As a consequence of sky-high property prices, more and more people are clubbing together to take out shared mortgages. This article discusses the different types of Group Home Loans offered by the mortgage lenders, the legal side of doing it and looks at some of the problems of group ownership.
The Growing Trend of Shared Home Loans
With the rise in house prices and people struggling to individually get on the property ladder more and more people are willing to shelve their differences and take the risk of sharing their living space and taking a shared home loan. Lenders report that around 2-3% of all mortgages are now being taken out under shared ownership and predict the numbers to rise fast. One mortgage lender reported a 50% rise in shared home loans over the last twelve months and others have reported very strong growth.
The main rises in this area are coming in the South East and in major cities where first time buyers are being priced out of the market. But by taking a group mortgage, potential homeowners can typically borrow more than they could by going it alone or with a partner and can therefore secured a property that would otherwise have been out of their reach.
Group mortgages are not a new concept or standalone separate products to mainstream mortgages. Typically mortgage lenders offer their standard loan deals and rates to groups of borrowers. So the loan packages include the standard fixed rate, variable rate and tracker mortgages. But the amount borrowers will be able to borrow varies from lender to lender as different loan providers adopt different lending criteria. With the growing trend in this type of mortgage one change in recent times is that more lenders are willing to consider four individual salaries, whereas before they would only take two.
Shared mortgages are typically being taken out by people in the twenty to thirty five age groups and are normally by groups of graduates or young professionals who may already have rented a property together. Most people consider it as a last option when they have failed to raise a deposit themselves from parental help or from savings. However the changes in lifestyles like delaying marriage or starting a family is also contributing to the growth in shared home loans.
Mortgage experts see this type of lending as higher risk than standard loans. For example, relationships between people taking group mortgages can be more remote than a standard mortgage, which would typically be taken out by couples or spouses. Therefore lenders sometimes ensure that if one person on the mortgage were to move on, the remaining borrowers could still afford to take on the remaining stake and service the higher loan repayments.
Lenders are therefore usually more conservative when they come to assessing the lending criteria. Some score each borrower individually according to their salary and outgoings and then aggregate it. Others will lend up to three times each of up to four salaries, whereas others will lend twice the two highest salaries in the group and one times the income of the remainder of the group.
One of the key things about taking on a shared home loan is that each individual in the group can be held fully responsible by the lender for the entire loan if their fellow borrowers do not keep up with repayments.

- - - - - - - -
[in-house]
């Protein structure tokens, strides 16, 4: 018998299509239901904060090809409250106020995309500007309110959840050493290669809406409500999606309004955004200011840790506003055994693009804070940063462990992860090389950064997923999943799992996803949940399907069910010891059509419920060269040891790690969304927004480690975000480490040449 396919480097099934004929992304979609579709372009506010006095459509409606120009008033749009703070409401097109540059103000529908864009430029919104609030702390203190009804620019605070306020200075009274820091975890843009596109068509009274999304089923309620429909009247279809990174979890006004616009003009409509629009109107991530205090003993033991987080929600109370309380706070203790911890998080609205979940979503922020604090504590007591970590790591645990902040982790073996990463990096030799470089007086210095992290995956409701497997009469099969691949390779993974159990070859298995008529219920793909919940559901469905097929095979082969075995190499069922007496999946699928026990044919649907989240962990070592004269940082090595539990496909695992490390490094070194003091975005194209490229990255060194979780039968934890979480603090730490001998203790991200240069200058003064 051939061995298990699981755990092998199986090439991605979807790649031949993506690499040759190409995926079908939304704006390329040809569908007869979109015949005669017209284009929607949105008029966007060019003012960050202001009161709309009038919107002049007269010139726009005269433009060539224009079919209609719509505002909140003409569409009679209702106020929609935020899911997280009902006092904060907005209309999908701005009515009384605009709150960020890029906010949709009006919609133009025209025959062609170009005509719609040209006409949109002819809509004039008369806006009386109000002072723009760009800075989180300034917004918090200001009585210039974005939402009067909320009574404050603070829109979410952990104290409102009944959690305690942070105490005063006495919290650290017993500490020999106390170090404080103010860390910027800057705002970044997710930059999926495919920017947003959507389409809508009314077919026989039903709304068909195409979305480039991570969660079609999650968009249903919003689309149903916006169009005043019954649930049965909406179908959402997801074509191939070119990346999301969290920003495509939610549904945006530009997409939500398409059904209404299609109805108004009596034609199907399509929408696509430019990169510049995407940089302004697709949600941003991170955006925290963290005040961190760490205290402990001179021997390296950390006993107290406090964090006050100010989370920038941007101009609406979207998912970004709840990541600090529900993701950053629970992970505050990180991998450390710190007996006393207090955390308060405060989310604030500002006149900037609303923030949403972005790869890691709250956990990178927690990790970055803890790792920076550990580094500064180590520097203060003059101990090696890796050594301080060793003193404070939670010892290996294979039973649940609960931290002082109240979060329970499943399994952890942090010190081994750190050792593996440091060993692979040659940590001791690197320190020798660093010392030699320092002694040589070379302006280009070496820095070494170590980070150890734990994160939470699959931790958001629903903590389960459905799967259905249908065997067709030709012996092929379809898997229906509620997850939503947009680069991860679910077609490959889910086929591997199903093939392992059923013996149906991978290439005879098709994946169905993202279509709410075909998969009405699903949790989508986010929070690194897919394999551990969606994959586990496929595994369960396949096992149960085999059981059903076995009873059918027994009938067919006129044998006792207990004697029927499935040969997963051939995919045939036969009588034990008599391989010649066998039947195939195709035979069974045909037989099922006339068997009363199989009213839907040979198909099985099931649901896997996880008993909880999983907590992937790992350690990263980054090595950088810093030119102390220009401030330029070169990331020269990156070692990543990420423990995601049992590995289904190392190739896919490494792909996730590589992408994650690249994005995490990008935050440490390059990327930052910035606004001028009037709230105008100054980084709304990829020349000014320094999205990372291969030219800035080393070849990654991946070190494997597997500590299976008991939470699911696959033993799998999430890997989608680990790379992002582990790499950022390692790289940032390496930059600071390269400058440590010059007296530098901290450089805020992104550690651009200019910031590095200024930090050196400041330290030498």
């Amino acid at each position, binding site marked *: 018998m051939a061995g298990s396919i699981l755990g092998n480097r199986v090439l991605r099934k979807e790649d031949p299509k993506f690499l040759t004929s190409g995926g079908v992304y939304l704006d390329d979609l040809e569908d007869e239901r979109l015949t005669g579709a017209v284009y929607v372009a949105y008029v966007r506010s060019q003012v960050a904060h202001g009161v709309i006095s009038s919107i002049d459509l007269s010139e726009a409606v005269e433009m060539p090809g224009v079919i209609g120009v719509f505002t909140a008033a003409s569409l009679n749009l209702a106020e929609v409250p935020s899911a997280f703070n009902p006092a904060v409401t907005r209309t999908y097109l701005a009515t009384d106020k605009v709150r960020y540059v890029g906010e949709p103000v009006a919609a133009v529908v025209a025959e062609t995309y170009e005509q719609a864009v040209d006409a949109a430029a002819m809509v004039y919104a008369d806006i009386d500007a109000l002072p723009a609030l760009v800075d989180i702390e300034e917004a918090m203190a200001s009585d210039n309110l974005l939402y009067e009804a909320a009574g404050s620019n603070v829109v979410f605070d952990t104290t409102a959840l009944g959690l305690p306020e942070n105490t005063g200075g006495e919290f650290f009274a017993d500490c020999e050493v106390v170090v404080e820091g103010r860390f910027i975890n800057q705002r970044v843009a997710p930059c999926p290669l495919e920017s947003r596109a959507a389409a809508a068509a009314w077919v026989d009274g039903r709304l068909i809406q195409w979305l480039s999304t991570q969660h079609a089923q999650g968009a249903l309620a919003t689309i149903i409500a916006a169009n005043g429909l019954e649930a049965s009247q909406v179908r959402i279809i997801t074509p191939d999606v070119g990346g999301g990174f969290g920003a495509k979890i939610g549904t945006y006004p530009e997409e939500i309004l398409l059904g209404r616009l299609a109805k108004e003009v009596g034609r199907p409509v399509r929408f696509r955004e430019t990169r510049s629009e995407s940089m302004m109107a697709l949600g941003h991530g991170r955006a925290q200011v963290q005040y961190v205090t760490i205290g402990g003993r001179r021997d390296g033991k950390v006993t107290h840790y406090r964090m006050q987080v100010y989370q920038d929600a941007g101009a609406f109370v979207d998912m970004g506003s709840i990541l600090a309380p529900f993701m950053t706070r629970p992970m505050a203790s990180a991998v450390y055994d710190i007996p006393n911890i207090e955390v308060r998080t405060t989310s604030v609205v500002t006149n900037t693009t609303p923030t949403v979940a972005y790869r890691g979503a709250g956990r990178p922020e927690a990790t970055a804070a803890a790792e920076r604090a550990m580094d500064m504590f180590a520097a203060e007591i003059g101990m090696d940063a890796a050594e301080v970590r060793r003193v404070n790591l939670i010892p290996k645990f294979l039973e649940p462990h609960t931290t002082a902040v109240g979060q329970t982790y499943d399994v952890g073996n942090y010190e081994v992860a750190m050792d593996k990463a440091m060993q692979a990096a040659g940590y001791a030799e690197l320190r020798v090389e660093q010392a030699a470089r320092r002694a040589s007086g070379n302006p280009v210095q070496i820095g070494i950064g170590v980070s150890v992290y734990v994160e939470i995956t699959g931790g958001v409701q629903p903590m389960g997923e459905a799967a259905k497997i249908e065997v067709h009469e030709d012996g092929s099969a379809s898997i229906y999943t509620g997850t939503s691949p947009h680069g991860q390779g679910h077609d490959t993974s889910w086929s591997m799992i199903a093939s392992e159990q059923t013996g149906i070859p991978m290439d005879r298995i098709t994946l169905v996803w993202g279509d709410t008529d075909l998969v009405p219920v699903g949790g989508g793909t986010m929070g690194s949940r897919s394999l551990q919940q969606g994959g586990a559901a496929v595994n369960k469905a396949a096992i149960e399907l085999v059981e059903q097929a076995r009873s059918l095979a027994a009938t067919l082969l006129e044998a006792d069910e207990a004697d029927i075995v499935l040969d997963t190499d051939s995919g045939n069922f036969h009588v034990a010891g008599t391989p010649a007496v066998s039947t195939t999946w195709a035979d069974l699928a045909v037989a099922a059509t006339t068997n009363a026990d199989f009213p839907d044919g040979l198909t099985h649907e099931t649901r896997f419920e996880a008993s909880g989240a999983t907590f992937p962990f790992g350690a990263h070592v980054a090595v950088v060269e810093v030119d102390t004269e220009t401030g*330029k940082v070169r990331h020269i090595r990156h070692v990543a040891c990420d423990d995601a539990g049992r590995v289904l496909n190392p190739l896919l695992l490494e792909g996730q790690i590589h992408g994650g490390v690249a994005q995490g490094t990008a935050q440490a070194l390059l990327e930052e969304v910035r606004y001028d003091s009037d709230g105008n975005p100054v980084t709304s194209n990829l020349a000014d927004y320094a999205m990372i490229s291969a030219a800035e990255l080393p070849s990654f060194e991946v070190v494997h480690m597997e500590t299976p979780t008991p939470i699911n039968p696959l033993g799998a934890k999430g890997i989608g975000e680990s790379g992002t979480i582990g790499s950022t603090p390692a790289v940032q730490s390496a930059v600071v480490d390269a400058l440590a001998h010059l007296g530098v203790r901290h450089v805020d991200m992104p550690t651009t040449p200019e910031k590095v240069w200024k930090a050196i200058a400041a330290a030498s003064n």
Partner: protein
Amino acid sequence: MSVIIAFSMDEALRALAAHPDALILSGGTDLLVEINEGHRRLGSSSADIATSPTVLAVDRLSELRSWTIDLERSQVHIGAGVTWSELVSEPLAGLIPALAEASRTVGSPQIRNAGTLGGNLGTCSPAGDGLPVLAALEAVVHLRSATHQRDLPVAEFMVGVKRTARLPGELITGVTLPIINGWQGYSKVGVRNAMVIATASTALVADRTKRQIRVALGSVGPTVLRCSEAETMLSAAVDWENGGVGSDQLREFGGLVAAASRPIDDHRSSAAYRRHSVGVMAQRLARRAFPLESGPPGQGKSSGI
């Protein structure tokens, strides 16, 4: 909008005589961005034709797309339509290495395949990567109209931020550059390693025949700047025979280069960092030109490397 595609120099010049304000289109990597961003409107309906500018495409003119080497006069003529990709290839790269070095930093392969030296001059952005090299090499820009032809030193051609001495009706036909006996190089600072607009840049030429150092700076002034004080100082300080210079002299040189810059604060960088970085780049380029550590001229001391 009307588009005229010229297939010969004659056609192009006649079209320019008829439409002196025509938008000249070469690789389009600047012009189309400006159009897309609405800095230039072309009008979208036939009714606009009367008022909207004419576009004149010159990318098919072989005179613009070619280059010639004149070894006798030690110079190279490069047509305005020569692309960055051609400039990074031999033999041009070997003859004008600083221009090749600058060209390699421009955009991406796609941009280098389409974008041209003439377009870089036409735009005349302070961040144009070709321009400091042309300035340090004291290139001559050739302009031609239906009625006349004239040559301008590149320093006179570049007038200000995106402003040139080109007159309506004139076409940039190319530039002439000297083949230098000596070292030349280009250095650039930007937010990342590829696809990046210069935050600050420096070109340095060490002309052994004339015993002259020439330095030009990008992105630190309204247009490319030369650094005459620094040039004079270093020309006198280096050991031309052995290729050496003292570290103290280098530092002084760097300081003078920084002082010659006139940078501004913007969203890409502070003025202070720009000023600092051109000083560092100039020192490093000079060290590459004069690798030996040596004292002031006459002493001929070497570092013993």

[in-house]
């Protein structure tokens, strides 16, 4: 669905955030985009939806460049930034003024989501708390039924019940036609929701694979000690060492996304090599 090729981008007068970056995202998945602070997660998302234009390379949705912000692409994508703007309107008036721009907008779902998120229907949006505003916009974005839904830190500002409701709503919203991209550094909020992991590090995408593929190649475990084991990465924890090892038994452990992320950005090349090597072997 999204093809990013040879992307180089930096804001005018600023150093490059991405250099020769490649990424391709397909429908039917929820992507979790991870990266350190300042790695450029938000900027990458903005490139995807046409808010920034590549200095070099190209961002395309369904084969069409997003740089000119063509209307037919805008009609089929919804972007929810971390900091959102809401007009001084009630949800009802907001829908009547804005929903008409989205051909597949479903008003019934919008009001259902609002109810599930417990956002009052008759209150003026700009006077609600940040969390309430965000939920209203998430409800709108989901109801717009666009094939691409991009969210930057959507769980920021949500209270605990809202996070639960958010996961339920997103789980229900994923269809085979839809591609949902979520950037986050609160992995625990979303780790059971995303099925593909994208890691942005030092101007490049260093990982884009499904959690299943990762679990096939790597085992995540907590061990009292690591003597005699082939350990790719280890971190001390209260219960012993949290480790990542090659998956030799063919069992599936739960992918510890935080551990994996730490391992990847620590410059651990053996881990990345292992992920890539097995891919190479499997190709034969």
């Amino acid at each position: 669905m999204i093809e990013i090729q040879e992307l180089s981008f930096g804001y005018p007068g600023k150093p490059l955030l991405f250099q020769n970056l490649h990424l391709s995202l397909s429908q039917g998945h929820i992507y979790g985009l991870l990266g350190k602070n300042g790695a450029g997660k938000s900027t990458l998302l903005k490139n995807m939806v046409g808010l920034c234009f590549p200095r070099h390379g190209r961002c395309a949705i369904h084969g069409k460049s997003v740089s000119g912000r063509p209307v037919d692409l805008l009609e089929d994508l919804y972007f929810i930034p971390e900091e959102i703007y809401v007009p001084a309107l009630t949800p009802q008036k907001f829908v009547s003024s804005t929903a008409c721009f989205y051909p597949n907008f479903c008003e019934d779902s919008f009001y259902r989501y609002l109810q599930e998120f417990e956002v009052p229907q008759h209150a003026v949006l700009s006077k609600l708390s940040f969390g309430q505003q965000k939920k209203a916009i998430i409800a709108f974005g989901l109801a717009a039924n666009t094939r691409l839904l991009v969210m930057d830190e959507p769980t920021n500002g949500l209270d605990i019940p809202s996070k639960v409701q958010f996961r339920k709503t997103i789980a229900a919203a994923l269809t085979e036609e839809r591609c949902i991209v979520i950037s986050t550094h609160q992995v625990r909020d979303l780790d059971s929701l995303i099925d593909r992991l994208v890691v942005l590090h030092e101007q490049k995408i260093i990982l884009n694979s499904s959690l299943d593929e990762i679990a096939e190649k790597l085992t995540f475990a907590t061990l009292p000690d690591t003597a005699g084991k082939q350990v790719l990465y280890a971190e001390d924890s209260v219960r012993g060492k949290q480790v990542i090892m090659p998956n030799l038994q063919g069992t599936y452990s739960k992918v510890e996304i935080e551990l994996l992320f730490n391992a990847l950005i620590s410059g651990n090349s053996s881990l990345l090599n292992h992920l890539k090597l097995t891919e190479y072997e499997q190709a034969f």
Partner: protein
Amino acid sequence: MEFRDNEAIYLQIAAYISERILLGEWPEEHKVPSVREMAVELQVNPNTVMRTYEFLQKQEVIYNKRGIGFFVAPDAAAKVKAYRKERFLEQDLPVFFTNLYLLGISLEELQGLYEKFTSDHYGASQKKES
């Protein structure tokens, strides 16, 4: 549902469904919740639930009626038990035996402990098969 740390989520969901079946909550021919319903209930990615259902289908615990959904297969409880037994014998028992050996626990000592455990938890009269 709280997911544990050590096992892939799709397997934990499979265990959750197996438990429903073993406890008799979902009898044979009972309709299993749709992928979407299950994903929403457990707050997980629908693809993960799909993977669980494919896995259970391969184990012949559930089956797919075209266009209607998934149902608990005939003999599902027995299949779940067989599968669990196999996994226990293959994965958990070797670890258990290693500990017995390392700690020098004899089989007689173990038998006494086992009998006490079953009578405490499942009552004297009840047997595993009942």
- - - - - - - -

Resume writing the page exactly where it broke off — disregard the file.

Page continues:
Making it Legal
Taking out a group mortgage requires considerably more planning and organisation than a standard mortgage. To avoid problems from potential relationship breakdowns further down the line, it is worth getting as much detail written into a legal document as possible before you complete on the property.
The best way to do this is through a declaration of trust. This defines the legal terms for joint ownership of the property and sets out your reasons for buying the property. The crucial point to bear in mind is that with group home loans the holders are "jointly and severally" liable for repaying the loan. This means that if someone defaults on their payment the lender can chase the other borrowers to cover their share.
The key starting points in considering a group mortgage is deciding what share of the property each person will own and what proportion of the mortgage they will be responsible for. This can depend on the level of deposit they are contributing, and how much each is effectively borrowing.
Another big issue is what happens if someone decides they want to get out of the home loan contract. It is quite common to offer a first refusal clause in the contract, which offers the other homeowners the options of buying out the person who wants to move on. If this eventuality arises then you can get valuations from two or three estate agents to work out what their share is worth, but you might want to insist on a formal independent valuation in the event you can't agree.
If the remaining homeowners can't afford to take on the increased loan repayments, then the property would usually be put on the market. There is no real market for selling only a proportion of any property. However, there are circumstances where you can get a court order to defer any sale of the property.
For example, if all parties have agreed to stay in the property for two years and someone decides after six months they want to move on the parties that remain could gain a court order to delay a sale or to force the person leaving to cover any fees incurred by re-mortgaging.
The declaration of trust can also lay out how to split outgoings such as maintenance costs and bills and list who owns what in the property. The maximum number of people that can be registered on the title deeds of a property is four.
ABOUT THE AUTHOR
Adrian Hudson originally started in I.T Management, but after recognising a niche for a company with a finance and I.T mix, in 1997 he formed his own successful consultancy business. He is currently spending most of his time working on the contracts and business fundamentals for the secured loans business We Introduce You.